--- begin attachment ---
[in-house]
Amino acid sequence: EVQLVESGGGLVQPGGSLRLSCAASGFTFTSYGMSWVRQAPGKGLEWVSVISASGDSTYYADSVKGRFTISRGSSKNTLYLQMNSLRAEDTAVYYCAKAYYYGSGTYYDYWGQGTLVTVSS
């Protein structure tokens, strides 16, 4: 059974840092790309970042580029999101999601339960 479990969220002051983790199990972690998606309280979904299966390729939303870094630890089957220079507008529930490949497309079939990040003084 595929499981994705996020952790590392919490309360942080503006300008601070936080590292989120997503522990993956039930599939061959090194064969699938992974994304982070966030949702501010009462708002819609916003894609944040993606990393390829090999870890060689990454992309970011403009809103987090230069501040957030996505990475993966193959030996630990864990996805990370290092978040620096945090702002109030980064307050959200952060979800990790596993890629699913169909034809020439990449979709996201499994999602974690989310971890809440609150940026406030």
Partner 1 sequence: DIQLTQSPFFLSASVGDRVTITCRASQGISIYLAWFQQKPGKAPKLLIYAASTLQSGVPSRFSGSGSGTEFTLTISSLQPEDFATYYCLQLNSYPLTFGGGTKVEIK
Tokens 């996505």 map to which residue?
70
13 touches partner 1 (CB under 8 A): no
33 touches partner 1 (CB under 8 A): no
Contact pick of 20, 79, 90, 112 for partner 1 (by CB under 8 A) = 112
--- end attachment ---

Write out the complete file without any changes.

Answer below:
[in-house]
Amino acid sequence: EVQLVESGGGLVQPGGSLRLSCAASGFTFTSYGMSWVRQAPGKGLEWVSVISASGDSTYYADSVKGRFTISRGSSKNTLYLQMNSLRAEDTAVYYCAKAYYYGSGTYYDYWGQGTLVTVSS
């Protein structure tokens, strides 16, 4: 059974840092790309970042580029999101999601339960 479990969220002051983790199990972690998606309280979904299966390729939303870094630890089957220079507008529930490949497309079939990040003084 595929499981994705996020952790590392919490309360942080503006300008601070936080590292989120997503522990993956039930599939061959090194064969699938992974994304982070966030949702501010009462708002819609916003894609944040993606990393390829090999870890060689990454992309970011403009809103987090230069501040957030996505990475993966193959030996630990864990996805990370290092978040620096945090702002109030980064307050959200952060979800990790596993890629699913169909034809020439990449979709996201499994999602974690989310971890809440609150940026406030």
Partner 1 sequence: DIQLTQSPFFLSASVGDRVTITCRASQGISIYLAWFQQKPGKAPKLLIYAASTLQSGVPSRFSGSGSGTEFTLTISSLQPEDFATYYCLQLNSYPLTFGGGTKVEIK
Tokens 């996505």 map to which residue?
70
13 touches partner 1 (CB under 8 A): no
33 touches partner 1 (CB under 8 A): no
Contact pick of 20, 79, 90, 112 for partner 1 (by CB under 8 A) = 112